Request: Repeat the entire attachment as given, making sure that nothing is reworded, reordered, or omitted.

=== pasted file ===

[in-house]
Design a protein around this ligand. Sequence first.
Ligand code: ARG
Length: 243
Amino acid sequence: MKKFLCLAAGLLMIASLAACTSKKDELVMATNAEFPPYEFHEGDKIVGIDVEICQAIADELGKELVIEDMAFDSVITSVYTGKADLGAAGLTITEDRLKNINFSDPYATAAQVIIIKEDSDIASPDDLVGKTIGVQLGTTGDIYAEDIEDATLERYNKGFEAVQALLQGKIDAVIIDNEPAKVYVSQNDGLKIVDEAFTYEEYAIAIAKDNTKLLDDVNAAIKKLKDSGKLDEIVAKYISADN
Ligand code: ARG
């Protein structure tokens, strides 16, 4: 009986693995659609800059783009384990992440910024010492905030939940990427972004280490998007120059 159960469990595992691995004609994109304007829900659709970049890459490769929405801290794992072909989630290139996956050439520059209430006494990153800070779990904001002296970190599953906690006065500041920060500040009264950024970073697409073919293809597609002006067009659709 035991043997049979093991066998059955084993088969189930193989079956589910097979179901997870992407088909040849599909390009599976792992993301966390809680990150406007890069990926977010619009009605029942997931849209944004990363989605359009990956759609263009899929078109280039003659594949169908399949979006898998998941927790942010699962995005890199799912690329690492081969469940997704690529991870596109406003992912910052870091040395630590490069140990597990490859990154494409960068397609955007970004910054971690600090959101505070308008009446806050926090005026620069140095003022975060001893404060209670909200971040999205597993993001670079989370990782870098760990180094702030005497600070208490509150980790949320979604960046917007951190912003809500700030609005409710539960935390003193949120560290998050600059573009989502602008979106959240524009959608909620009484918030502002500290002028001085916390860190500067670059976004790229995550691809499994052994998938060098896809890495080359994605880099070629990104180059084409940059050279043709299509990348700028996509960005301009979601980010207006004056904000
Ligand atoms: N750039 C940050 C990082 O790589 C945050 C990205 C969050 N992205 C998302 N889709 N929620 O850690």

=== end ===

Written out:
[in-house]
Design a protein around this ligand. Sequence first.
Ligand code: ARG
Length: 243
Amino acid sequence: MKKFLCLAAGLLMIASLAACTSKKDELVMATNAEFPPYEFHEGDKIVGIDVEICQAIADELGKELVIEDMAFDSVITSVYTGKADLGAAGLTITEDRLKNINFSDPYATAAQVIIIKEDSDIASPDDLVGKTIGVQLGTTGDIYAEDIEDATLERYNKGFEAVQALLQGKIDAVIIDNEPAKVYVSQNDGLKIVDEAFTYEEYAIAIAKDNTKLLDDVNAAIKKLKDSGKLDEIVAKYISADN
Ligand code: ARG
């Protein structure tokens, strides 16, 4: 009986693995659609800059783009384990992440910024010492905030939940990427972004280490998007120059 159960469990595992691995004609994109304007829900659709970049890459490769929405801290794992072909989630290139996956050439520059209430006494990153800070779990904001002296970190599953906690006065500041920060500040009264950024970073697409073919293809597609002006067009659709 035991043997049979093991066998059955084993088969189930193989079956589910097979179901997870992407088909040849599909390009599976792992993301966390809680990150406007890069990926977010619009009605029942997931849209944004990363989605359009990956759609263009899929078109280039003659594949169908399949979006898998998941927790942010699962995005890199799912690329690492081969469940997704690529991870596109406003992912910052870091040395630590490069140990597990490859990154494409960068397609955007970004910054971690600090959101505070308008009446806050926090005026620069140095003022975060001893404060209670909200971040999205597993993001670079989370990782870098760990180094702030005497600070208490509150980790949320979604960046917007951190912003809500700030609005409710539960935390003193949120560290998050600059573009989502602008979106959240524009959608909620009484918030502002500290002028001085916390860190500067670059976004790229995550691809499994052994998938060098896809890495080359994605880099070629990104180059084409940059050279043709299509990348700028996509960005301009979601980010207006004056904000
Ligand atoms: N750039 C940050 C990082 O790589 C945050 C990205 C969050 N992205 C998302 N889709 N929620 O850690």